You left out another strategy - a slider that goes to 11.
Posted by: Geoff | Nov 30, 2005 3:46:33 PM
wow, how did i miss this? all i have to do is draw a slider in my head and do something i think moves this slider and whammo i am a creative genius.
Posted by: whoops | Nov 30, 2005 4:56:19 PM
Sean: this is great -- thanks for the link and recommendation -- that book is on my short list now.
Sean and Geoff: DOH! I can't believe I missed that opportunity. Time to rent Spinal Tap again.
Dave: excellent idea -- maybe *you'll* code one up? ; ). I like the idea of dependencies, and the trackback from Bruno makes a really good point about this-- in a real EQ, there is a left-to-right dimension and the order of the sliders is not arbitrary, as it is with what I did. It would interesting to see if someone comes up with another channel of information you could get from visualizing the curve made by the sliders. With my examples, there really is no benefit in looking at the curve, other than to see that it's *different* from the norm, or different from your top competitor or whatever. There's nothing other than *different* to be seen there. But it would be useful to add something more, and relationships and/or dependencies would be cool.
Unhappy: This is a crucial issue, and one I wish I had an answer for. And one that I struggle with as well... how do you differentiate the criticism you get? Some of it is valid -- maybe *most* -- and you can't write it off. But on the other hand, you have to be brave about trying to please everyone (and smoothing out what you have until it no longer can be distinguished from what everyone else offers). Perhaps that's the next art 37signals will need to hone -- how to figure out *which* requests/complaints they *should* listen to. But that's got to be a tough job...
Whoops: Hmmm... I didn't make my point clear enough, so I'll quote it again here:
"I know I don't need to say it, but for disclaimer purposes I will--adding weird sliders just to add sliders and be novel isn't the point. The goal is to add sliders that turn out to be really important to users. "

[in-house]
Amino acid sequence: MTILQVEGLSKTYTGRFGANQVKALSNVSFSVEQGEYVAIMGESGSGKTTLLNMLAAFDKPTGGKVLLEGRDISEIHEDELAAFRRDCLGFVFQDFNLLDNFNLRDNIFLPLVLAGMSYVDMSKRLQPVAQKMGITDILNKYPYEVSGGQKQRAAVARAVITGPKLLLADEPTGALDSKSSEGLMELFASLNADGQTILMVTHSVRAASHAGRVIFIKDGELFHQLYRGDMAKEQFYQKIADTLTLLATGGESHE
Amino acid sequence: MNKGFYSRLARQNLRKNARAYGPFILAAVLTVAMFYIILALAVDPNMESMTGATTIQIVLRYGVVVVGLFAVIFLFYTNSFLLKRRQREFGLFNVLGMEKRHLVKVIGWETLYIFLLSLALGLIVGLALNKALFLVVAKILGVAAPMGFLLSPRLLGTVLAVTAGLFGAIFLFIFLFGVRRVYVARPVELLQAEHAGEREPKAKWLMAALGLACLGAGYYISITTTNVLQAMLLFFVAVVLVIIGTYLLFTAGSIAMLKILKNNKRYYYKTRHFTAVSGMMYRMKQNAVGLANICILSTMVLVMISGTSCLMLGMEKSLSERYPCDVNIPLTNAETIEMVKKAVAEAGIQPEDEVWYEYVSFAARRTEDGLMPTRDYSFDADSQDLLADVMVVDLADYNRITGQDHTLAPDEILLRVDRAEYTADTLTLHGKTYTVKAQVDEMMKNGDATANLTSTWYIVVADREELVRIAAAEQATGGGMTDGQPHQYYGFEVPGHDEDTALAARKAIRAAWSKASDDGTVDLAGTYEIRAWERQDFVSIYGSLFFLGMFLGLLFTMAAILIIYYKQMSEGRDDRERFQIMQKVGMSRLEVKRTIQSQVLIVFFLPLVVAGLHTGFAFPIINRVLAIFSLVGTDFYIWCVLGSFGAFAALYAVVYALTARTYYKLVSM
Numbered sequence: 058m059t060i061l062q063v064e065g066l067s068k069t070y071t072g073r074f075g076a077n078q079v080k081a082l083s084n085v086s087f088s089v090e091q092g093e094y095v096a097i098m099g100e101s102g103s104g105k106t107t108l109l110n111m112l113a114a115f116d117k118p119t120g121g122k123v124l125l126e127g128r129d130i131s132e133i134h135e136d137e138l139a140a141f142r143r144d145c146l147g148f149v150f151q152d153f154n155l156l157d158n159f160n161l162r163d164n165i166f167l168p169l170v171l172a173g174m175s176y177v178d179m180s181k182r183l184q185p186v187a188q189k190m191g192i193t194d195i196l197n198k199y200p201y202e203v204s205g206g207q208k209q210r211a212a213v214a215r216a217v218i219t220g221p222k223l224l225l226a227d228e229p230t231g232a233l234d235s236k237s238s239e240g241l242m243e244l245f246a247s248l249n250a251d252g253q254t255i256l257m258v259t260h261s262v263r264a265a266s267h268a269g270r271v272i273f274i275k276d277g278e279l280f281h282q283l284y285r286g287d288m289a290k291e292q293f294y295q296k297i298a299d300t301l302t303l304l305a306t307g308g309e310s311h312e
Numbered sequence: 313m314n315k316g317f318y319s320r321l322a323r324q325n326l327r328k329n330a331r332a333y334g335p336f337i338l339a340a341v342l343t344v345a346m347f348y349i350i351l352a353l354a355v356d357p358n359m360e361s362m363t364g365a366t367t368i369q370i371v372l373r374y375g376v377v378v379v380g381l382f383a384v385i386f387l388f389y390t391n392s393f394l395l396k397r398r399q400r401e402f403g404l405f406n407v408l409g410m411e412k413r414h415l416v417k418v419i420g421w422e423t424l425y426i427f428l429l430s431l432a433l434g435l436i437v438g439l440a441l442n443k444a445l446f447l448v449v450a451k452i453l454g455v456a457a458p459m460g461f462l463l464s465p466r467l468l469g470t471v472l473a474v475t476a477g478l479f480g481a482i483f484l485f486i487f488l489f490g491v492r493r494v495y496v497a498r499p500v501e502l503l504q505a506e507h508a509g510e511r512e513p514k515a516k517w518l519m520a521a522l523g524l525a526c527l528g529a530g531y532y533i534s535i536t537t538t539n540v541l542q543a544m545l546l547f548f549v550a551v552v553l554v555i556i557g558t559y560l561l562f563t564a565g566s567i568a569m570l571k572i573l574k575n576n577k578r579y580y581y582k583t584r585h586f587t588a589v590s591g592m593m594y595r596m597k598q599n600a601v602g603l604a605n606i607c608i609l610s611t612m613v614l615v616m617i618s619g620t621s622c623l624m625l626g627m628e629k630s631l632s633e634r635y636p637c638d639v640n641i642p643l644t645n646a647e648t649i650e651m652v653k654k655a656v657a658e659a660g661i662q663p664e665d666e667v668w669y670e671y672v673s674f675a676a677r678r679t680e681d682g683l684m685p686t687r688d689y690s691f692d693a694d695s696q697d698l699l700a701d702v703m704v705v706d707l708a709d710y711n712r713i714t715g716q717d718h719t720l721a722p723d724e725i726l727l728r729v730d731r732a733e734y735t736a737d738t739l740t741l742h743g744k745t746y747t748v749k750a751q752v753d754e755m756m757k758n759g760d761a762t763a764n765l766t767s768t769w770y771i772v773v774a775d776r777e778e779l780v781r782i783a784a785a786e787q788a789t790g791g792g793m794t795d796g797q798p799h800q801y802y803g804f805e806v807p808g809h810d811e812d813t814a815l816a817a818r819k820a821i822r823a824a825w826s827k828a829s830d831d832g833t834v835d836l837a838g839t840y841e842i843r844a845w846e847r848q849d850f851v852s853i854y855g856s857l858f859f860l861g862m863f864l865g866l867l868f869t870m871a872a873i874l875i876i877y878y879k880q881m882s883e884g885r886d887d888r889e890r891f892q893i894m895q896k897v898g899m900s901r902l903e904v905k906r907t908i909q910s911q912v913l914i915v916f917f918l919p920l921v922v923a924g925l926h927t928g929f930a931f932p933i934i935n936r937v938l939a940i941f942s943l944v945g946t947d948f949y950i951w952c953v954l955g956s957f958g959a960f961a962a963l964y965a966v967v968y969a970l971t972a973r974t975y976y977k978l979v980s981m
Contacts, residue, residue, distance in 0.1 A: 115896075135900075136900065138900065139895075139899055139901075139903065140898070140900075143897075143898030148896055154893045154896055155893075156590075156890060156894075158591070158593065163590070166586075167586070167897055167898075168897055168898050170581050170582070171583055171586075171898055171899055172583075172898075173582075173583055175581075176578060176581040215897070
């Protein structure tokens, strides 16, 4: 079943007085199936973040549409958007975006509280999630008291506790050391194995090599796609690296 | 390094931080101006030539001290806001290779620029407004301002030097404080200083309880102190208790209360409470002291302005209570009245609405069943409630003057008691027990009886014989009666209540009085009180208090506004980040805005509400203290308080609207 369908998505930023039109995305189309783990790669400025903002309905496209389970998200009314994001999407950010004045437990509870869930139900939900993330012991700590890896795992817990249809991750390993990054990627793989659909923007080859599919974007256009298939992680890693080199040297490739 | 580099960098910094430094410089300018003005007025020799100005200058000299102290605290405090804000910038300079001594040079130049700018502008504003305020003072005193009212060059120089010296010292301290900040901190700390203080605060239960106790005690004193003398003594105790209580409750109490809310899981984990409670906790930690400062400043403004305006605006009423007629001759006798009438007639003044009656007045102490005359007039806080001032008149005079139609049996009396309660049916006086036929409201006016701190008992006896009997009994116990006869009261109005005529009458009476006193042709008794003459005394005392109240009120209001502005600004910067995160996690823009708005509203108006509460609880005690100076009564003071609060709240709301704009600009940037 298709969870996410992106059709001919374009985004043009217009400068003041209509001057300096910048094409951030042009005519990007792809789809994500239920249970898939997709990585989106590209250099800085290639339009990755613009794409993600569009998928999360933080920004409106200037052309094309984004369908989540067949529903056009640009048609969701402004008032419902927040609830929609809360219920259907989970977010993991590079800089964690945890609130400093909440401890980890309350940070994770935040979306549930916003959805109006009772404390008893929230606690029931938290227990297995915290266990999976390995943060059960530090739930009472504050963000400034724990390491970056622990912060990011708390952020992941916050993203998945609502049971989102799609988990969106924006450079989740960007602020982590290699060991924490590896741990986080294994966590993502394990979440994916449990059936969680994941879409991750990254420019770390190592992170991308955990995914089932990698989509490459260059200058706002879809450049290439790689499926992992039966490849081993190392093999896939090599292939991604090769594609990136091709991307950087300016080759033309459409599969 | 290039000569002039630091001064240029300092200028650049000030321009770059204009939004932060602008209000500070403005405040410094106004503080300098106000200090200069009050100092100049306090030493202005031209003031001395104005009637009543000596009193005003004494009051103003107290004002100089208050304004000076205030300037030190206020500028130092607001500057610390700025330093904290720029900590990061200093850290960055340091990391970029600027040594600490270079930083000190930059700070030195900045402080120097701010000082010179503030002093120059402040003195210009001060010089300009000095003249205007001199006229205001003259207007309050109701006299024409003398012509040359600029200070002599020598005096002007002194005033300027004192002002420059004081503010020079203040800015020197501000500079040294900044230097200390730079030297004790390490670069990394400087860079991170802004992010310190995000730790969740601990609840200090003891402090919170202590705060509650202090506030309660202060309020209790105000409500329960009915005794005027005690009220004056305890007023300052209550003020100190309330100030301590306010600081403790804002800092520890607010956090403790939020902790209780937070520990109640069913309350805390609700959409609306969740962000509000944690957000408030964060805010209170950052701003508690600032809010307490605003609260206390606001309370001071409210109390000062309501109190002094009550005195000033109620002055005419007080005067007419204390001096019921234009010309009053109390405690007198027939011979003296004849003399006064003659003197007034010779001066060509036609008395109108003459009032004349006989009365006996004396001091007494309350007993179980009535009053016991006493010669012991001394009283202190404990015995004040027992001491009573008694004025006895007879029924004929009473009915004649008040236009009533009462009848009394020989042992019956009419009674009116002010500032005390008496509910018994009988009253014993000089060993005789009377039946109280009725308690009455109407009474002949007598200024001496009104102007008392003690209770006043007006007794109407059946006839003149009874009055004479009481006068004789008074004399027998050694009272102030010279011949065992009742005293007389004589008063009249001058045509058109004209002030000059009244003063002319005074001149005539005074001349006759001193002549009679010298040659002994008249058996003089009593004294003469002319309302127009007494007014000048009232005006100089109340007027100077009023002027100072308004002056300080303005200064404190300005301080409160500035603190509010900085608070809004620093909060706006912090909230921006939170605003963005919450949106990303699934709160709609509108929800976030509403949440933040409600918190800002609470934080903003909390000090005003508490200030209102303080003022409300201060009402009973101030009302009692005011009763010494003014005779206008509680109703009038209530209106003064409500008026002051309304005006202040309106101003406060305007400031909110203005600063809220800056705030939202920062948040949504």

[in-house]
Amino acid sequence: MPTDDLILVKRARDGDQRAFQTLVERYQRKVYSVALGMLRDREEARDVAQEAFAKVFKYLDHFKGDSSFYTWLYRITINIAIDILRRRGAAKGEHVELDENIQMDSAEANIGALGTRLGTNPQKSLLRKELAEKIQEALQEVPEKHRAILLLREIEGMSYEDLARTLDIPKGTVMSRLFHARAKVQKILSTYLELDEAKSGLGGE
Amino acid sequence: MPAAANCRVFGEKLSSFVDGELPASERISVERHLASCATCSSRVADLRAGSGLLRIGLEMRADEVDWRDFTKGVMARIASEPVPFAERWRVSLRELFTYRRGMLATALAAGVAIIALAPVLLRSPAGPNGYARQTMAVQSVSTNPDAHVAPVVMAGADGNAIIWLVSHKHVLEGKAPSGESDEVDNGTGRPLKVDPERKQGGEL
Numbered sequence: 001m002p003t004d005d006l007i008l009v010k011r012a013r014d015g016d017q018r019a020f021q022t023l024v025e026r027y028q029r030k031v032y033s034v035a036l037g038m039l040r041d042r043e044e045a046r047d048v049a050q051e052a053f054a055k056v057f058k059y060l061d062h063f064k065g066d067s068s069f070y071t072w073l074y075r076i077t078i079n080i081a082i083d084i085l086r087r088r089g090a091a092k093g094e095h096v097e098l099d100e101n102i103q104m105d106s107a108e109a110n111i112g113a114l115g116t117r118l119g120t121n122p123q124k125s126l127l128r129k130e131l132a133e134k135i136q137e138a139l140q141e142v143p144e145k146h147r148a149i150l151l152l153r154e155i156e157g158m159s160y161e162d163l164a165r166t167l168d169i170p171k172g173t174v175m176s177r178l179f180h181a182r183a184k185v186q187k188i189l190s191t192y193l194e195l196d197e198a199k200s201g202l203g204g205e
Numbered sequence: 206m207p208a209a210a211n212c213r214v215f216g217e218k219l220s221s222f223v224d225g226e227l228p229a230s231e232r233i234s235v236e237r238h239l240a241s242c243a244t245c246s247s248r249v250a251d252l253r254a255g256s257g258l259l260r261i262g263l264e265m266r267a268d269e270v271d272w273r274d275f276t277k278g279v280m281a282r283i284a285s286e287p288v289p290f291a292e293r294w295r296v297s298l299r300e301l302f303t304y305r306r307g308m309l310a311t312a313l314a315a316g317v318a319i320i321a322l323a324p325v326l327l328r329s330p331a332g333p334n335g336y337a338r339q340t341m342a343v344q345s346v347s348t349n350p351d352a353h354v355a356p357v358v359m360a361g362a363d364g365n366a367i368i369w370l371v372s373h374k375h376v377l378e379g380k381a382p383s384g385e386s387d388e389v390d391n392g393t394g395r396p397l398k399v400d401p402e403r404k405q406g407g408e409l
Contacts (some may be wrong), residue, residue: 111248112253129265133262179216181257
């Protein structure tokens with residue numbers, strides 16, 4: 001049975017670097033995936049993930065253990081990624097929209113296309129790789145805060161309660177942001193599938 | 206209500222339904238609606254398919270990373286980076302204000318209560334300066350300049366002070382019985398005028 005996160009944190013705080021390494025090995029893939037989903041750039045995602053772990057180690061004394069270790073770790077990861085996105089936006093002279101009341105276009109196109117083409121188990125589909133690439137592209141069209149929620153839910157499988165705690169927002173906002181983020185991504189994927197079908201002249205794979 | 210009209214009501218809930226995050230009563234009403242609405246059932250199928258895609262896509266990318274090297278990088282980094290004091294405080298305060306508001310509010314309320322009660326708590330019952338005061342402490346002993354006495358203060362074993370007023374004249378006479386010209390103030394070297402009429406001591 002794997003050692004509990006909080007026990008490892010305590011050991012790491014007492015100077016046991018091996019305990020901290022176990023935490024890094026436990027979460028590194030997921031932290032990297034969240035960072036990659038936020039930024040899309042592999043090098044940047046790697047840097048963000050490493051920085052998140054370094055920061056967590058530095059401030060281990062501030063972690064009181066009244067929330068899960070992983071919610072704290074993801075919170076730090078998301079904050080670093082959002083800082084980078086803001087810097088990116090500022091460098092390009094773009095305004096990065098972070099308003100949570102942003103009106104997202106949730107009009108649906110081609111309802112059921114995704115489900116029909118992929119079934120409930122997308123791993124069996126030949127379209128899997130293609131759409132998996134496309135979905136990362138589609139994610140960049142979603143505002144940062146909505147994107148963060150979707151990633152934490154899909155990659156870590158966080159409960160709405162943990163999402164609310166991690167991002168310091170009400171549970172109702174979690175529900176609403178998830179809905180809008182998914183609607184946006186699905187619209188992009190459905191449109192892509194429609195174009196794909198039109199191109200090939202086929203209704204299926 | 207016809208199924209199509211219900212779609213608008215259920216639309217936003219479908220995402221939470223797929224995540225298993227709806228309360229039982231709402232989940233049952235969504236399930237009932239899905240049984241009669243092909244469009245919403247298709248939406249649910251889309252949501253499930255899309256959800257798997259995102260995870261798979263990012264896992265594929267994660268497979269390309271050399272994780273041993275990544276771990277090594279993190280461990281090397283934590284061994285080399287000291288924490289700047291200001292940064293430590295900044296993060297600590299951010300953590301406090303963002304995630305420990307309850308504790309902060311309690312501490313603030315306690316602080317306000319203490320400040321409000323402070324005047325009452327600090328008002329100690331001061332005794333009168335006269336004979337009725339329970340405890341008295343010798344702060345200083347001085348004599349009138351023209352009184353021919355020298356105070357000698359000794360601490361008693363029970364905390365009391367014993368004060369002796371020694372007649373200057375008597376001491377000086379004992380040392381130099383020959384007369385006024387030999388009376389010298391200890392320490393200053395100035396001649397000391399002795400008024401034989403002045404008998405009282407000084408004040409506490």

Apparently I *did* need to say it. The reason there are so many gazillion creativity tools and techniques is because what works for one doesn't work for another. Indeed one person's "silly sliders" is, in our case, a tool that changed our lives. Not because it's a good tool -- but simply because it gave us a way to look at things that worked for us. There are plenty of tools and tricks others have used -- with great success -- that seem ridiculous and pointless to me. Which means I probably missed the point.
Posted by: Kathy Sierra | Nov 30, 2005 5:25:45 PM
Brilliant, brilliant writing, Kathy. As a fellow sound board fetishist, the EQ metaphor hits me spot on. And I can't help thinking of all the other variables on a board--panning left to right, individualized feeds to the house, to the band, to individual band members, the gain for each input...
Posted by: Dave Rogers | Nov 30, 2005 7:18:30 PM
I bought and read "Blue Ocean Strategy" after seeing it casually mentioned in one of Kathy's other posts. I like the book's examples of companies that created new markets with this kind of strategy.
Sliders?... mmmmm... White Castle... I think we called those things "faders" in recording class but it's been a while. Anyway, this was a creative twist on the blue ocean charts.
It's worth mentioning that many of the companies in the Blue Ocean book had to tune down a good thing to create room for cranking up another. Sometimes a service was reduced (or even eliminated) to make room for increasing another value or creating a new one.
For tech books, the frequency bands of "Learner Friendly" and "Reference" would work on an EQ rack. Many books try to be both of these and few focus on being learner friendly like the Head First series. But the added value did not come for free. The series had to sacrifice some reference value to become more learner (aka brain) friendly.
Posted by: Marc Peabody | Nov 30, 2005 10:29:44 PM
a spelling error you may want to fix:
The breathrough ideas usually come from adding new sliders!
breathrough = breaktrough.
Feel free to delete this comment!
Posted by: Ivar | Dec 1, 2005 6:14:34 AM
Glad to hear you're feeling better, Kathy. Great post, as usual. I read a bunch of Clayton Christensen and "Blue Ocean Strategy" in business school. See, I am one of those types :), though what I love is making academic concepts understandable and applicable to those in the real world. Anyway, my professional life has been driven by these concepts ever since. Your EQ metaphor is great, and gives me a new way to frame my thinking around product/service design. Thanks!
Posted by: Jessica Emmons | Dec 1, 2005 7:55:13 AM
Let me second a recommendation for reading Clayton Christensen, who is one of the very few business authors to create a truly useful and insightful model for how industries go through evolution and revolution. You can get an excellent overview by simply listening to his talk on IT Conversations:
Posted by: Zach | Dec 1, 2005 9:45:26 AM
Really good post. I'll be using this for a business I have been trying to get off the ground, I really appreciate you letting us in on this technique.
But one tweak? Shouldn't things like "Pain" and "Price" be reversed so that they are really "Lack of Pain", and "Low Price"? That way, a low price or low pain product would be in the positive, and better show how they balance against the other tradeoffs.
Posted by: Kyle Bennett | Dec 1, 2005 11:35:21 AM